Announcing The Best Kept Secret in Reading Comprehension

August 27, 2013

readworks_logo_org_webWe are thrilled to welcome to the Seed Fund portfolio.

John Merrow, the education correspondent for PBS NewsHour said it best,

ReadWorks serves a need. We have a reading crisis in this country, and some of that stems from the harsh truth that many elementary school teachers aren’t well equipped to teach reading. Rather than curse that darkness, ReadWorks offers help – tons of it. I urge you to share this website with every teacher you know. It’s free.

It’s a humble and hardworking nonprofit, with a maniacal focus on quality. They’ve mostly flown under the radar since their founding in 2010, spending zero dollars on marketing. Even so, they’ve grown organically through teacher word of mouth resulting in 3 million reading lessons downloaded and 270 websites linked to their materials.

Readworks is the first nonprofit Seed Fund has backed. While exceptions exist (i.e. Khan Academy), we’ve found nonprofit edtech companies face unique challenges to scale*. Readworks is different. They are creating an open API so that their content can be used by anyone, allowing Readworks to stay focused on what they do best, producing high quality content. Readworks already distributes their common core reading passages through NearPod, Curriculet and others.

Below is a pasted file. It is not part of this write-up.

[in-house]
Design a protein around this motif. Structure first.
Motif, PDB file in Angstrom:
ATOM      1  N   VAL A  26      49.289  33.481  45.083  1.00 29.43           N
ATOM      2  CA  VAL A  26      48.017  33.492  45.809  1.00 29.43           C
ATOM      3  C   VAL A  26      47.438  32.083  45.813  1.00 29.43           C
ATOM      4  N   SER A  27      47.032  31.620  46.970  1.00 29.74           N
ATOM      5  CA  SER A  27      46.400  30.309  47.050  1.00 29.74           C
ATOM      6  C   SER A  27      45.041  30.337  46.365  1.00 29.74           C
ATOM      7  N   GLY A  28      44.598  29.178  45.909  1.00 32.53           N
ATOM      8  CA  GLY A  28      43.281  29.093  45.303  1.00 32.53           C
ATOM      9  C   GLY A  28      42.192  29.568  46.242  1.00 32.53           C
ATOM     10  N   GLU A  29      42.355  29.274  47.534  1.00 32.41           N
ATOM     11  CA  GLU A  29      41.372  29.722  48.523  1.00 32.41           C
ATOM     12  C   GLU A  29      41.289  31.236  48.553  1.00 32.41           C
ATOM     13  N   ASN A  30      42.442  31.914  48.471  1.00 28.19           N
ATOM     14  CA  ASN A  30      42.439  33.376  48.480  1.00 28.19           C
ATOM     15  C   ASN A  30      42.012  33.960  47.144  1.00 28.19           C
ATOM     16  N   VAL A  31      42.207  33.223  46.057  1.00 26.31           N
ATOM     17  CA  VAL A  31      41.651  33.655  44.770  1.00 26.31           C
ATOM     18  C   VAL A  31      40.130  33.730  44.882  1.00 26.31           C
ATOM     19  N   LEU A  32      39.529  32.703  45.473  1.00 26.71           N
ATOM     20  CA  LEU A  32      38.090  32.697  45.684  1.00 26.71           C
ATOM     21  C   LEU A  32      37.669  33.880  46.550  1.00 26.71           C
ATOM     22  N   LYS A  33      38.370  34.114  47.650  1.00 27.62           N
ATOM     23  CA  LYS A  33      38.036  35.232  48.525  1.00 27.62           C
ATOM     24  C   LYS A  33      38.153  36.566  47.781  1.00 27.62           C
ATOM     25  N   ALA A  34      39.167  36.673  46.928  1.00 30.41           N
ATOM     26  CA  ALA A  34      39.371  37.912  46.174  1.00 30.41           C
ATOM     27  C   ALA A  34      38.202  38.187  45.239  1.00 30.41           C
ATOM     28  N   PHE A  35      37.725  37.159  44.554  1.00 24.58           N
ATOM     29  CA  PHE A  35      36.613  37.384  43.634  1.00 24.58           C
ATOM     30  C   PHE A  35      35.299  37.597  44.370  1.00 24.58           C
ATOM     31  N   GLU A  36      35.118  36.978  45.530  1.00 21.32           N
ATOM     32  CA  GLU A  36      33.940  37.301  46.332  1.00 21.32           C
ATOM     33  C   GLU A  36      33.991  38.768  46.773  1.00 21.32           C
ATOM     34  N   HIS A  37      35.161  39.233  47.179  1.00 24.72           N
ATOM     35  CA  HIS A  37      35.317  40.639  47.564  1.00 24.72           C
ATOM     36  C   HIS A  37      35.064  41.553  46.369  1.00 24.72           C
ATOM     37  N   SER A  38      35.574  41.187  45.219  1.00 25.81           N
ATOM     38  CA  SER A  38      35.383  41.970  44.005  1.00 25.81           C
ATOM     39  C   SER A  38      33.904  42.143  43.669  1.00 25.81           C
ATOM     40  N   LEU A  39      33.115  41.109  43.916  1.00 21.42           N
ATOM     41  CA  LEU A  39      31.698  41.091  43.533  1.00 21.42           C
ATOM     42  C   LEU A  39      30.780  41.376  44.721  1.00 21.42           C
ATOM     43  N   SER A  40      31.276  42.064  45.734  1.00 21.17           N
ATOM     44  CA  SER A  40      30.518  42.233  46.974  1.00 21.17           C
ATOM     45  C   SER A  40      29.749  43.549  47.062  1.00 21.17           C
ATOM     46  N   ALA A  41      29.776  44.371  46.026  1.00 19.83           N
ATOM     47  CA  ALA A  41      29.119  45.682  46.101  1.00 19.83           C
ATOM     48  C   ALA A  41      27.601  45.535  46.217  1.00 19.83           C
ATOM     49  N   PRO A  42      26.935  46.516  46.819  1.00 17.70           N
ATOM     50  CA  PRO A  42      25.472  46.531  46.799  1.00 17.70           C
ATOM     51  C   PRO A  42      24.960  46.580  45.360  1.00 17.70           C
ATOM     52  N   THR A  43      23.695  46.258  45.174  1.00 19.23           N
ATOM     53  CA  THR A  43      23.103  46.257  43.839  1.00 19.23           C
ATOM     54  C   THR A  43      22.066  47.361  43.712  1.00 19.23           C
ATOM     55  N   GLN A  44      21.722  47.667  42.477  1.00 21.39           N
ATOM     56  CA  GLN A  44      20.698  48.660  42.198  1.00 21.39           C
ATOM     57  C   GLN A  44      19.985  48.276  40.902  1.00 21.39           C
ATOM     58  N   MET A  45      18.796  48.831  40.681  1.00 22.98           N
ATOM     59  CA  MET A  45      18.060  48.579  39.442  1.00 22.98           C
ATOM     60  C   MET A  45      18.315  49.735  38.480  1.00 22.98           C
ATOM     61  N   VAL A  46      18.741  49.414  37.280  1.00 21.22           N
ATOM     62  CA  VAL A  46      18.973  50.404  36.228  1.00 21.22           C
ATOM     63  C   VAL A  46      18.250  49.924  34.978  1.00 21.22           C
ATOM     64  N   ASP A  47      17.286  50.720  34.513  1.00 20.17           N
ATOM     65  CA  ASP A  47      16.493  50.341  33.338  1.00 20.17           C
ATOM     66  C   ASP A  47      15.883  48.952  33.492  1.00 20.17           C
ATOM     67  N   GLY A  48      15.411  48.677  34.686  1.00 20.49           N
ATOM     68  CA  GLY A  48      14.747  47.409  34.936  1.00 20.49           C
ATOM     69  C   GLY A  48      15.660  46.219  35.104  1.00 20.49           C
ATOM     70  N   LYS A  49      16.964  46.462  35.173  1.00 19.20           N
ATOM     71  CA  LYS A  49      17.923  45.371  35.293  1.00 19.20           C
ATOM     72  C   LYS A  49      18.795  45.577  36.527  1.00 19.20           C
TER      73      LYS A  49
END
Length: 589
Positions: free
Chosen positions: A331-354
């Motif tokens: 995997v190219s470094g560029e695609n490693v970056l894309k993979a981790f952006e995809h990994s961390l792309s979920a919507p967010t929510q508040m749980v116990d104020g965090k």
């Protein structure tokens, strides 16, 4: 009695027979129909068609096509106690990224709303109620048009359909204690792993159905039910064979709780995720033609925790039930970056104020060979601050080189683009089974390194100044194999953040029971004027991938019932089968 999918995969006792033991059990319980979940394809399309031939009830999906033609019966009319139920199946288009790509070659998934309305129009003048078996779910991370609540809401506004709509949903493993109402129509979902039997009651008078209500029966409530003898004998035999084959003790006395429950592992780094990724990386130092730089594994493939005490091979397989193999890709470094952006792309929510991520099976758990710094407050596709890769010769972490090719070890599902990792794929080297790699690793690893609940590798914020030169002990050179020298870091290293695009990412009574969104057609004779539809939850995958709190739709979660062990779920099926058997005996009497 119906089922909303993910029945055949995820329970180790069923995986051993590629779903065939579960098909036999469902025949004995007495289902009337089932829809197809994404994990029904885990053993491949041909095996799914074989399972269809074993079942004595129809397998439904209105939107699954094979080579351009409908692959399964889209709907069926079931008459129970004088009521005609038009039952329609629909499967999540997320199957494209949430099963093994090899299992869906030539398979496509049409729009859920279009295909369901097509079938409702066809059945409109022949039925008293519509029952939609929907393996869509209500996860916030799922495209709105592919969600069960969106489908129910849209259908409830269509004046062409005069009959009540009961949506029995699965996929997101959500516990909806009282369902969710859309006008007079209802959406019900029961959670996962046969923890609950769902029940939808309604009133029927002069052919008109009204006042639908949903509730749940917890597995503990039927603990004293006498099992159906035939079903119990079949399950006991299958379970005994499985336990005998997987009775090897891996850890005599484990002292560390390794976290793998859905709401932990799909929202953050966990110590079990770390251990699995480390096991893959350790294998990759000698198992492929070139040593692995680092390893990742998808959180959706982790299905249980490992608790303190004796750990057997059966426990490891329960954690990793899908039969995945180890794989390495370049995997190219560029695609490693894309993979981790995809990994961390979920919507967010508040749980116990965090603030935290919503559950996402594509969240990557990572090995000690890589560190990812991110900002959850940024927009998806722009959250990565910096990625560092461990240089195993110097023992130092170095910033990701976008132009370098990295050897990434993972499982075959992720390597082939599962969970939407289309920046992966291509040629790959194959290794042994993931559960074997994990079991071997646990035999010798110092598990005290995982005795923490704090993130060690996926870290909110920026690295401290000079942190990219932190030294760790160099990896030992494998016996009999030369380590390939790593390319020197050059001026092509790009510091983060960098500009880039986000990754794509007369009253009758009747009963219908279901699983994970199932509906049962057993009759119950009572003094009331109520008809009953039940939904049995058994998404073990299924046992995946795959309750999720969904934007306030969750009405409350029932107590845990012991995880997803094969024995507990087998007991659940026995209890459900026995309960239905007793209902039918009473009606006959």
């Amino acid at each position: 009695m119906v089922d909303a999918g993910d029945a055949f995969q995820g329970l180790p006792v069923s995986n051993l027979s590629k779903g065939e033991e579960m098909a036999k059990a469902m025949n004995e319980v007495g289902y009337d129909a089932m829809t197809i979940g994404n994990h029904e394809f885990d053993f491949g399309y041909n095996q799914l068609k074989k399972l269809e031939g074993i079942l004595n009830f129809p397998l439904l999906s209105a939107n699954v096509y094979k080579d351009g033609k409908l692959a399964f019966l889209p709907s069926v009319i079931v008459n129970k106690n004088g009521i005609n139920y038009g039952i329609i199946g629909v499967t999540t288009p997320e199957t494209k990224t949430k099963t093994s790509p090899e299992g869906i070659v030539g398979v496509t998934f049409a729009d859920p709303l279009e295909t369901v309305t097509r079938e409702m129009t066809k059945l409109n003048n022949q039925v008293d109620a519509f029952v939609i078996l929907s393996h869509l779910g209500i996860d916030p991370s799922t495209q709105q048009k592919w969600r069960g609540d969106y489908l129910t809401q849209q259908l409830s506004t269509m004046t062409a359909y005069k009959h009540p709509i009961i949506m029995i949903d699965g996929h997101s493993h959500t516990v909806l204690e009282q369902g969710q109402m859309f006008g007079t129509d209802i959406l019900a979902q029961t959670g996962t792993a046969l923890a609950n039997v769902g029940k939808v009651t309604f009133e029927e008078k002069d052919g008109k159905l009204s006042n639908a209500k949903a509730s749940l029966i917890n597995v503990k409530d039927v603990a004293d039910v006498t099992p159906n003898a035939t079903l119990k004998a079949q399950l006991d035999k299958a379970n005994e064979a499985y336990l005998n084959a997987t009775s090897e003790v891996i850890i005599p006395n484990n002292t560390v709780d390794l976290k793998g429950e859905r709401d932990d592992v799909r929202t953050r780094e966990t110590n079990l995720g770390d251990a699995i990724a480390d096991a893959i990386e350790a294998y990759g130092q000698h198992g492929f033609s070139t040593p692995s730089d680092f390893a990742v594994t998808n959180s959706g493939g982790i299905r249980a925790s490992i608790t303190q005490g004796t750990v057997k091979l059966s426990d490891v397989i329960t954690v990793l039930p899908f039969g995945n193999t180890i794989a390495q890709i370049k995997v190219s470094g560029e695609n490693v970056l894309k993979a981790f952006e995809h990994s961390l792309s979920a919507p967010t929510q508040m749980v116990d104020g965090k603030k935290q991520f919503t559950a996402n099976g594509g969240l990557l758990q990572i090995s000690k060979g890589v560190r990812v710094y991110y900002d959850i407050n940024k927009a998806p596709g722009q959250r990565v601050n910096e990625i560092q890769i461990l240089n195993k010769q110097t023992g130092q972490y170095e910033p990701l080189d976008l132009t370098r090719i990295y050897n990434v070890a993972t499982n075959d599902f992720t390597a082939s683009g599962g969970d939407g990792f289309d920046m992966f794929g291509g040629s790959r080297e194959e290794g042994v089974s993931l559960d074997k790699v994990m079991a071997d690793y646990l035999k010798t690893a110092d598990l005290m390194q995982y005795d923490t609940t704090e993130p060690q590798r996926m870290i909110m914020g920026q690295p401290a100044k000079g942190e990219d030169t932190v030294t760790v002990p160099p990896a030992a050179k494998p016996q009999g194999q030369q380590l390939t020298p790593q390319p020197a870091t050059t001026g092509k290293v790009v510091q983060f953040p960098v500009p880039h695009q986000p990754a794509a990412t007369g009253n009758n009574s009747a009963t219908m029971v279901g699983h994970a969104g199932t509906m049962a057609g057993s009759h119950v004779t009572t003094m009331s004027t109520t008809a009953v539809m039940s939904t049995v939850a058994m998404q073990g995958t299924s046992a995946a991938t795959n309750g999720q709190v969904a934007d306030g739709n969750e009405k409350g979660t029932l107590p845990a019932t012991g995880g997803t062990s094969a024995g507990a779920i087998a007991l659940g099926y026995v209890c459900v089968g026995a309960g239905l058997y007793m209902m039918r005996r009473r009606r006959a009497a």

As any seed investor will say, it’s all about the entrepreneur – ReadWorks is led by an exceptional one, David Ciulla. David has a diverse background with broad-based experience in business, education, and entrepreneurship. For those living in the San Francisco area, you may know Sports Basement, which David co-founded with his Stanford buddy Eric Prosnitz. He also taught English Language Arts for five years and led development projects in the Navajo Nation and the Amazon region of Brazil. 

We are honored to be working with David and his team at Readworks and hope you follow John’s advice to share with every teacher you know. We certainly will be.

*A topic for another blog post. Worth noting that both the NEA and AFT have partnered with for-profit lesson plan sharing sites.